Frantz Fanon: Black Skin, White Mask explores for the first time on film the pre-eminent theorist of the anti-colonial movements of this century. Fanon's two major works, Black Skin, White Masks and The Wretched of the Earth, were pioneering studies of the psychological impact of racism on both colonized and colonizer. Jean-Paul Sartre recognized Fanon as the figure "through whose voice the Third World finds and speaks for itself." This innovative film biography restores Fanon to his rightful place at the center of contemporary discussions around post-colonial identity.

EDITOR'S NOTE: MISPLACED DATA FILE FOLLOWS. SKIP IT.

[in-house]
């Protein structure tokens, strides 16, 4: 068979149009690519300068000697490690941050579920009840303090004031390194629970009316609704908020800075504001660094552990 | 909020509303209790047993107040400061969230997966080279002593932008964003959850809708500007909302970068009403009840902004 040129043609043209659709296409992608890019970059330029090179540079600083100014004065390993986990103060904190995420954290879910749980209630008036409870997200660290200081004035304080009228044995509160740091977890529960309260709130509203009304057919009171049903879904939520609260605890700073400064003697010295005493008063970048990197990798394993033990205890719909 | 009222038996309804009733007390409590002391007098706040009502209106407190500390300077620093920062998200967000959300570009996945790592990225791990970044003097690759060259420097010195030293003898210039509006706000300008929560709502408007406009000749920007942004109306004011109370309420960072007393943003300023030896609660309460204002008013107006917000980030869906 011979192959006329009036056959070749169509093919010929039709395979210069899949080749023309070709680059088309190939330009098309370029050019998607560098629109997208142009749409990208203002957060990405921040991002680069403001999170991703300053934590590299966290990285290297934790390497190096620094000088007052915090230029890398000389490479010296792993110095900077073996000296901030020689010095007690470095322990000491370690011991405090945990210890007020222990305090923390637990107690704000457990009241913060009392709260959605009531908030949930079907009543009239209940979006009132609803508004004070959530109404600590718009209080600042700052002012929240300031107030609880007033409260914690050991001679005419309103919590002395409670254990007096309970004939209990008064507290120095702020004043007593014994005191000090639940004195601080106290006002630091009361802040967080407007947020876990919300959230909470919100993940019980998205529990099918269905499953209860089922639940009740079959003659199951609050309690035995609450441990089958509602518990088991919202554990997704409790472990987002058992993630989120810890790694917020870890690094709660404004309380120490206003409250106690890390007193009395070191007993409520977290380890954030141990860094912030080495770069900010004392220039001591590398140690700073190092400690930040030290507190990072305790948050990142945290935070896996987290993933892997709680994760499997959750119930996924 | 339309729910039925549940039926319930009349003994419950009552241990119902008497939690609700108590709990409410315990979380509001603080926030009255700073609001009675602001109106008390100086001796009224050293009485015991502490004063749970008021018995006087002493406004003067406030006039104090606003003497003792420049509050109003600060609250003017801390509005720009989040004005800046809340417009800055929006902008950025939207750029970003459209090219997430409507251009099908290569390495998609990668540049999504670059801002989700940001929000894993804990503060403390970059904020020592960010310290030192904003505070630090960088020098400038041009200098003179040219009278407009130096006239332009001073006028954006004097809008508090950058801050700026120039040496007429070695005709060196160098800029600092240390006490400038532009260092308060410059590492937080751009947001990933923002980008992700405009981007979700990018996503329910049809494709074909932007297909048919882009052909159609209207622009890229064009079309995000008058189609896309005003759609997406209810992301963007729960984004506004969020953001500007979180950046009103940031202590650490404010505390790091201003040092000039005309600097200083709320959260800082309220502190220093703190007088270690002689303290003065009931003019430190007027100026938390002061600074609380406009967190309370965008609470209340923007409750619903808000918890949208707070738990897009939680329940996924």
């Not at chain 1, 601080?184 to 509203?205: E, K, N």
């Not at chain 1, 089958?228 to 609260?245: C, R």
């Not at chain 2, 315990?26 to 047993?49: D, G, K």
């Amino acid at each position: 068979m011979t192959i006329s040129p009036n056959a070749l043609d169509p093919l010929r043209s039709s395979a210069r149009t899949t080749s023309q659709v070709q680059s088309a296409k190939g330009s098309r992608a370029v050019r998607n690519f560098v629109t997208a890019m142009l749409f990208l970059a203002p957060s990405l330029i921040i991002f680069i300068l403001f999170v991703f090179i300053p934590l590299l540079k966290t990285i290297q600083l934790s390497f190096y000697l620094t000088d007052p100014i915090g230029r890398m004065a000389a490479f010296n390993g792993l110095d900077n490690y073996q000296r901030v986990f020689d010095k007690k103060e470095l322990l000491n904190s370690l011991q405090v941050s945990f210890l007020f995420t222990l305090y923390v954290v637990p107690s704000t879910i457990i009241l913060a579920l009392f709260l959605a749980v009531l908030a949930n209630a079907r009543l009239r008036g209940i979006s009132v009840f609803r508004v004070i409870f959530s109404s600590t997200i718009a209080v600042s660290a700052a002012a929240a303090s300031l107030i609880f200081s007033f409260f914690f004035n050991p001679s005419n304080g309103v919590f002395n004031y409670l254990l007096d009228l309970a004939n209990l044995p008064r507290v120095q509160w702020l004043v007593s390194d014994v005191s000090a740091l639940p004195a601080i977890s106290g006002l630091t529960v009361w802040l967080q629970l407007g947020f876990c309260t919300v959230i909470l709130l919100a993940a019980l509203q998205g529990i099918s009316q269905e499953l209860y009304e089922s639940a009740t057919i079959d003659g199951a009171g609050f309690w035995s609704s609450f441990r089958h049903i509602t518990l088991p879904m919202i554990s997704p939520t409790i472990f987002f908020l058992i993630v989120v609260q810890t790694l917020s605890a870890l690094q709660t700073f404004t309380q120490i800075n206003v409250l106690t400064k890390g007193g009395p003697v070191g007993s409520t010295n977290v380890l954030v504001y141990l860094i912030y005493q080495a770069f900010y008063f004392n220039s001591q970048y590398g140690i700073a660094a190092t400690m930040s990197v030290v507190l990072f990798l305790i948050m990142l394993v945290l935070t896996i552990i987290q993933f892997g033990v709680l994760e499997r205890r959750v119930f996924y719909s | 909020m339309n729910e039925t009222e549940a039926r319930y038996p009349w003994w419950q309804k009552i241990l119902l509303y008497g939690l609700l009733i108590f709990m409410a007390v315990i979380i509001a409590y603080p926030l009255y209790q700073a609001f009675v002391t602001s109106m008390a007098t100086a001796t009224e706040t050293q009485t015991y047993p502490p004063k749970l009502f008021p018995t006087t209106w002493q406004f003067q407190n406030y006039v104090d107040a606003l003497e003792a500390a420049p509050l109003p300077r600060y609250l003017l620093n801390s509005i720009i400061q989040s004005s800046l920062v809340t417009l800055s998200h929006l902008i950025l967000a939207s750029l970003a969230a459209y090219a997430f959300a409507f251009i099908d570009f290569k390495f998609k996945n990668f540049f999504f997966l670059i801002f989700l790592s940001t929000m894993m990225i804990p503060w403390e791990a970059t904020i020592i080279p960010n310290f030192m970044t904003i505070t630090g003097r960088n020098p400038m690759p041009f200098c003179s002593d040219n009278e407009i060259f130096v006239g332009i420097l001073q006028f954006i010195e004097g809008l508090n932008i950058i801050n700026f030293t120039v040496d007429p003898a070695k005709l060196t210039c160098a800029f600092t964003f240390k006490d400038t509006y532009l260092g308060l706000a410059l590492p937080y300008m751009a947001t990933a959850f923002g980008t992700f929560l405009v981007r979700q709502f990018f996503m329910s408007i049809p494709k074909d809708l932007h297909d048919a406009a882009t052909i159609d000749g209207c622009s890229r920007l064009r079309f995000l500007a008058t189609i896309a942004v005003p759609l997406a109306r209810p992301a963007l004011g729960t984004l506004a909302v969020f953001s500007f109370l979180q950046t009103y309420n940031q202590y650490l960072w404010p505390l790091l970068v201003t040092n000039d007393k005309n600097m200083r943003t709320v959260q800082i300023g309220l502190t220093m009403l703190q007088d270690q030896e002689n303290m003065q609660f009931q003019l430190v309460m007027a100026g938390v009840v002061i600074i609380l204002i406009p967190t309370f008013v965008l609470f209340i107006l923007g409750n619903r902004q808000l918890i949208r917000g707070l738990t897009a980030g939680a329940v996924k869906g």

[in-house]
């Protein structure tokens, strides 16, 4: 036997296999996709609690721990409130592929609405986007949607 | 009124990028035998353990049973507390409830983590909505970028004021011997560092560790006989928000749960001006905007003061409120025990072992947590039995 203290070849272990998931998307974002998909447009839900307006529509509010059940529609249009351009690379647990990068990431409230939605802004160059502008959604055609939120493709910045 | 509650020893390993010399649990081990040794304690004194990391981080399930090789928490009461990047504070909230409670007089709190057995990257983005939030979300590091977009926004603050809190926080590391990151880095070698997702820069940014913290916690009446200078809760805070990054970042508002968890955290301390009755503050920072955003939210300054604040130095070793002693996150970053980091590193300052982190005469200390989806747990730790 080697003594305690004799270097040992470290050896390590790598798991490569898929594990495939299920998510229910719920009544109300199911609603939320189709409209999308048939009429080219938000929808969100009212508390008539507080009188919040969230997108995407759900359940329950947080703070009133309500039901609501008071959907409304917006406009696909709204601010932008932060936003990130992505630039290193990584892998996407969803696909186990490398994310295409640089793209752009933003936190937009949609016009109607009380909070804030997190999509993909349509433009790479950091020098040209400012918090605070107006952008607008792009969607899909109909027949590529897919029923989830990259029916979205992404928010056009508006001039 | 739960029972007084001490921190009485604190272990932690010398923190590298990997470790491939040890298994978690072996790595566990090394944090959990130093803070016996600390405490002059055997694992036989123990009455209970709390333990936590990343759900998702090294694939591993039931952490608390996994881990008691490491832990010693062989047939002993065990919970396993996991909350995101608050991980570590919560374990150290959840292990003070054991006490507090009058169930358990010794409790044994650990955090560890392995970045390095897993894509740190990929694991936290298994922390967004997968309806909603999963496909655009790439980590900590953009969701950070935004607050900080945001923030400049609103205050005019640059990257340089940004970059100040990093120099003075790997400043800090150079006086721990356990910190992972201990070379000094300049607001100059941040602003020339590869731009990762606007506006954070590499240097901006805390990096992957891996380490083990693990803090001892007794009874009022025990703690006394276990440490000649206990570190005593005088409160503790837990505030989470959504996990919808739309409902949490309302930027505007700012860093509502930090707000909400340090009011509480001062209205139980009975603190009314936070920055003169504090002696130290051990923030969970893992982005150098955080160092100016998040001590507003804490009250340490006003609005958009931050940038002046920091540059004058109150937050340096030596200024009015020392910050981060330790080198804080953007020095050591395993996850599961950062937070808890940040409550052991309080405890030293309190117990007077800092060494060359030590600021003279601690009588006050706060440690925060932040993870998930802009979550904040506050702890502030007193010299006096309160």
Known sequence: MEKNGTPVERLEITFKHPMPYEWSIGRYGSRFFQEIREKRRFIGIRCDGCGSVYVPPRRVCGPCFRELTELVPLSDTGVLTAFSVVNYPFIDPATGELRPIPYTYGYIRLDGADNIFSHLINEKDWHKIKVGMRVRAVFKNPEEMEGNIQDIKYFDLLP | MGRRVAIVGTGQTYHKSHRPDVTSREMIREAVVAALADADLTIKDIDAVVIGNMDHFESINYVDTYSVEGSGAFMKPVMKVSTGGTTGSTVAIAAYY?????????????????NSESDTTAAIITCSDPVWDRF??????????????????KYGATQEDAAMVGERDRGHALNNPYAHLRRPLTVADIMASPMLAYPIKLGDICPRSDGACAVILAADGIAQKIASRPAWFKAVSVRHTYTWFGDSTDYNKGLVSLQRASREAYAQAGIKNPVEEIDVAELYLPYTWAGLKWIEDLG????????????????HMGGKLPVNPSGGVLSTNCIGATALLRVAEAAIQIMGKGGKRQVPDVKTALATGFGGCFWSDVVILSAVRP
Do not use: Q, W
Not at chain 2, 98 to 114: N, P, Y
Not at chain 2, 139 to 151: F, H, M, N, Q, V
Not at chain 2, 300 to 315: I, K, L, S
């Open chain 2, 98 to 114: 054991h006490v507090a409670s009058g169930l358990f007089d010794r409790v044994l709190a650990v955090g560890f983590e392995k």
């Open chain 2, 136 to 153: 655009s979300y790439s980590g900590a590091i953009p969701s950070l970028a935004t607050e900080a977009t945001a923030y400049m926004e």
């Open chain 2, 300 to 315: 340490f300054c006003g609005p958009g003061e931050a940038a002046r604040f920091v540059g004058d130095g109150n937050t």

Isaac Julien, the celebrated black British director of such provocative films as Looking for Langston and Young Soul Rebels, integrates the facts of Fanon's brief but remarkably eventful life with his long and tortuous inner journey. Julien elegantly weaves together interviews with family members and friends, documentary footage, readings from Fanon's work and dramatizations of crucial moments in Fanon's life. Cultural critics Stuart Hall and Françoise Verges position Fanon's work in his own time and draw out its implications for our own.